Organizers stressed that the most important objective of the event was to raise awareness about GEF's global programme to finance the development of biodiversity finance plans in GEF-eligible countries.
GEF Support to the Development and Implementation of Biodiversity Finance Plans
The Global Environment Facility (GEF) supports countries in the development and implementation of biodiversity finance plans. The side event provided country case studies using, among others, the BIOFIN methodology (the Biodiversity Finance Initiative).
Opening the event, Mark Zimsky, GEF, stressed that the most important objective of the event was to raise awareness about GEF's global programme to finance the development of biodiversity finance plans in GEF-eligible countries.
Midori Paxton, UN Development Programme (UNDP), introduced the Umbrella Program to Support Development of Biodiversity Finance Plans. She said the GEF-8 Umbrella Programme will establish transformative processes in countries through robust biodiversity finance from the GEF. She said the plan includes, inter alia: national biodiversity finance policy and institutional reviews; national biodiversity expenditure reviews conducted by all relevant sectors; needs assessment for implementing National Biodiversity Strategies and Action Plans (NBSAPs); development of national biodiversity finance plans; and establishment of a global knowledge and technical assistance platform to share knowledge and experiences.
Participants then engaged in a roundtable discussion, moderated by Onno van den Heuvel, UNDP, with four countries sharing their experiences of developing national biodiversity finance plans as well as how BIOFIN has impacted biodiversity plans in each country.
Hannah St. Luce Martinez, Ministry of Fisheries, Forestry, the Environment and Sustainable Development, Belize, noted that BIOFIN in her country began in 2016 and financed an institutional review on policies that favor or hinder biodiversity management and targets at the national scale. She stated that financing also went into a biodiversity expenditure review of investments in biodiversity conservation as well as a financial needs assessment in carrying out Belize’s NBSAP. She underscored that achieving Belize’s NBSAP would be equivalent to achieving 51% of the global Aichi Biodiversity Targets, requiring approximately USD 70 million, or USD 5 million annually, to achieve priority targets to fully implement its NBSAP. In terms of NBSAP finance solutions, she identified, inter alia: the development of a biodiversity expenditure tracking tool; strengthening environmental funds, including through taxes for cruise ships docking in national waters; crowdfunding, building on the world’s largest debt for nature swap; reducing almost 12% of the country’s sovereign debt; and establishing carbon markets, given that 60% of national territory is now under protected areas.
Teona Karchava, Ministry of Environmental Protection, Georgia, presented on her country’s experience in designing and implementing its NBSAP. She said no financing for implementation existed until BIOFIN provided the opportunity to assess expenditures and needs, after which a biodiversity finance plan was developed with participation of all relevant stakeholders. She noted state funding was twice or thrice higher than donor contributions, and listed lessons learned, including to: pursue small activities so staff changes are not too disruptive; mainstream biodiversity to avoid future negative impacts and costs; involve all possible stakeholders in developing BIOFIN plans; fit financial solutions into other national processes; build capacity building into resource mobilization; integrate financing plans into NBSAPs; and involve national parliament.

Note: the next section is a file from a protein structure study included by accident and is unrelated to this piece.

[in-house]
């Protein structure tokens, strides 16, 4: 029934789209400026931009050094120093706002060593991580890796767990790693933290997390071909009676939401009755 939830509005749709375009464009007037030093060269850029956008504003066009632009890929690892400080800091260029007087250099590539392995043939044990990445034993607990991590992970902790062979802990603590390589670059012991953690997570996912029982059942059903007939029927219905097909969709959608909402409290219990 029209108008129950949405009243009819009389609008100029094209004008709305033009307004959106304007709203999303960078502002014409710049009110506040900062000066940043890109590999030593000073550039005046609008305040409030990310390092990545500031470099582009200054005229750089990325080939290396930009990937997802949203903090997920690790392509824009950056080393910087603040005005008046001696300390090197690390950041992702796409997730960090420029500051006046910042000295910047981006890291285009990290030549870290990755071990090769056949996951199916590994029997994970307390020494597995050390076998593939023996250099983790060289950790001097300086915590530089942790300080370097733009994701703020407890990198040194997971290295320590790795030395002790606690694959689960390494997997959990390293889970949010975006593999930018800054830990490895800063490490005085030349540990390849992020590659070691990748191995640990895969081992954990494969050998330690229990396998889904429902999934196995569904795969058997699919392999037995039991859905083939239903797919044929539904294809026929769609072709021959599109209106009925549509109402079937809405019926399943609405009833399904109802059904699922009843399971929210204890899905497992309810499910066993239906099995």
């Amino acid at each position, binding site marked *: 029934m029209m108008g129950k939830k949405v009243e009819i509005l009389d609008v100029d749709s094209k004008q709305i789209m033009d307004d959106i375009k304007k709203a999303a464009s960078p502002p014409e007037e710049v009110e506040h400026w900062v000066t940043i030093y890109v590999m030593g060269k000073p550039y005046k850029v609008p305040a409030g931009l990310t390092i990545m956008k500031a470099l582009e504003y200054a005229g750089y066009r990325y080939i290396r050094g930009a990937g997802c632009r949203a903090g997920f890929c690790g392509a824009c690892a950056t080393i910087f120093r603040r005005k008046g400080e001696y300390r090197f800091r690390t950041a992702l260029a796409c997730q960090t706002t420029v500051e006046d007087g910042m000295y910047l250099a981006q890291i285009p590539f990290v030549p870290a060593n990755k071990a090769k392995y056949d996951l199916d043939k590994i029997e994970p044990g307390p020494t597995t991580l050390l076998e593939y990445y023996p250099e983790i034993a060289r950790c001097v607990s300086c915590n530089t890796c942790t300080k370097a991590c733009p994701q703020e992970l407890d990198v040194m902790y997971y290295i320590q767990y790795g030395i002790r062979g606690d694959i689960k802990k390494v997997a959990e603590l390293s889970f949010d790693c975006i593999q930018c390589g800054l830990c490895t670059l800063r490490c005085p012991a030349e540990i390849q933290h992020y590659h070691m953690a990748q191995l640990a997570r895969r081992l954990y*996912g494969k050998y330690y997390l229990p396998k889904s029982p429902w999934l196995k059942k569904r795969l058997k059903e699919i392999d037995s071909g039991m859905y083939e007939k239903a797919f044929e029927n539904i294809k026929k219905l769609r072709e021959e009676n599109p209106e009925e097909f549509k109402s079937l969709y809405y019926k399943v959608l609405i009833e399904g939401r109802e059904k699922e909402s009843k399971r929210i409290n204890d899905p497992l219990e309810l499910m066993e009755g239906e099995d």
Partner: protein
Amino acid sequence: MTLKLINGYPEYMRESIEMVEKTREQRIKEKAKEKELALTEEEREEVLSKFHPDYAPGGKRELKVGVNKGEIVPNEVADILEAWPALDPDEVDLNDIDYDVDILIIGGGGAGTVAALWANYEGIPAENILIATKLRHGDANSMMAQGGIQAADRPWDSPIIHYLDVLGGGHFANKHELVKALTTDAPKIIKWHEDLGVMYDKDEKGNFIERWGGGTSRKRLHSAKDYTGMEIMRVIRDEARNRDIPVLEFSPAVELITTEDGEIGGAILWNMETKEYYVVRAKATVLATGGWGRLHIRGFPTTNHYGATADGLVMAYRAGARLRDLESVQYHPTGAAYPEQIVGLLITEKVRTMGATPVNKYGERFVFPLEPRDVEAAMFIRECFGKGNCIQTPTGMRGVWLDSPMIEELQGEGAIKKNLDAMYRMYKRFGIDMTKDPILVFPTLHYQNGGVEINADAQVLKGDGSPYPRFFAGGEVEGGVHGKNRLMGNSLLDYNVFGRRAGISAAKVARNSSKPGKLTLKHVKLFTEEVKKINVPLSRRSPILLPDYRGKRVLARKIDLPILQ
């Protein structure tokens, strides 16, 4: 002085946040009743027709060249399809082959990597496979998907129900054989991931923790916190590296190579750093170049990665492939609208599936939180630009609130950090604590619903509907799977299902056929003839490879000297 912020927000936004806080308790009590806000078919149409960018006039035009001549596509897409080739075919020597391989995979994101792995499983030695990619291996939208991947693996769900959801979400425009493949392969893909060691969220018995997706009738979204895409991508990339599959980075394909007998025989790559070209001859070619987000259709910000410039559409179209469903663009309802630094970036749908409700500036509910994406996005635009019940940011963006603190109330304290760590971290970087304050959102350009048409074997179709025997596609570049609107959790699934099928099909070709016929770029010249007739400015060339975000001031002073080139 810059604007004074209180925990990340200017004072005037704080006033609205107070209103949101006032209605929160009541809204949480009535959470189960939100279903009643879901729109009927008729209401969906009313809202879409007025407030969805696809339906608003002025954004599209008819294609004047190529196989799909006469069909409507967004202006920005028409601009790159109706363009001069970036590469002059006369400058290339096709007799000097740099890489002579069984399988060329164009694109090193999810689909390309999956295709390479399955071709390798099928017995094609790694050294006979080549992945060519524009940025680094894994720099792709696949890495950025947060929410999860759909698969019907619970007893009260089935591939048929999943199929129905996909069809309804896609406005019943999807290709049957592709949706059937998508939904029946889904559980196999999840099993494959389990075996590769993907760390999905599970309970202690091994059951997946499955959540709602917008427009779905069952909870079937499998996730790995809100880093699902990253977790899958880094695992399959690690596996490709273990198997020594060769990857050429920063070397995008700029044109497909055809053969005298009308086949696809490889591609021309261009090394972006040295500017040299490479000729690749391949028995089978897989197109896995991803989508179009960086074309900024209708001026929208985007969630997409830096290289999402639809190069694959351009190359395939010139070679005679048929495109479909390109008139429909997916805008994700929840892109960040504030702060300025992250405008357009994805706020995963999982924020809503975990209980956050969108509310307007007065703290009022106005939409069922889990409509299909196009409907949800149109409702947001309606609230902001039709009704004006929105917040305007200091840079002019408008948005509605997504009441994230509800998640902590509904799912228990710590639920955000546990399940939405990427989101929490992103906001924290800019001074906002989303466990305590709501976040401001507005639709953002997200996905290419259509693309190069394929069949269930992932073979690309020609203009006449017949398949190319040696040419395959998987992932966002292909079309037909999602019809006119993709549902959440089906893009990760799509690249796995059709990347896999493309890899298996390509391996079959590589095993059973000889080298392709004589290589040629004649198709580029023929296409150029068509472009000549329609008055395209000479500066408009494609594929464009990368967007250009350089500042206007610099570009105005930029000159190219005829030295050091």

Laura Camila Bermudez Wilches, Ministry of Environment and Sustainable Development, Colombia, noted that BIOFIN financing began in her country in 2015. She stressed that a total of USD 4.5 million would be needed to fully implement Colombia’s NBSAP to 2030, with a funding gap of USD 1.4 million from the current projected scenario of USD 3.1 million. On the finance strategy from 2020 to 2030, Wilches identified, inter alia: the role of conservation agreements with payments for ecosystem services (PES); unlocking funds from authorized environmental offsets from the loss of the biotic component derived from the production processes of the private sector; and nature-related financial disclosures to progressively reduce effects derived from investment decisions. On recommendations, she called for: maintaining and increasing sources of public, private, and international cooperation to close the biodiversity financing gap; increasing debt quotas or debt-for-nature swaps; and innovation in the generation of public-private alliances for biodiversity finance.
Justin Mohan, National Biodiversity Authority, said India’s BIOFIN Plan considered how to mainstream various biodiversity activities. He noted the identification of a funding gap of USD 6.5 million and identified four potential quantified financing sources, including: mainstreaming biodiversity in public finance and the agricultural sector; augmenting corporate social responsibility; funds for biodiversity; developing certificates of compliance for businesses to show they are Access and Benefit-sharing (ABS) compliant; and using technology to assist biodiversity conservation, such as for reducing fertilizer use. He noted that, in such cases, yield actually increased by 10%.
In closing, Zimsky thanked UNDP colleagues and the presenters of the “four amazing case studies,” encouraging further informal engagement with them by anyone interested in joining the GEF global programme.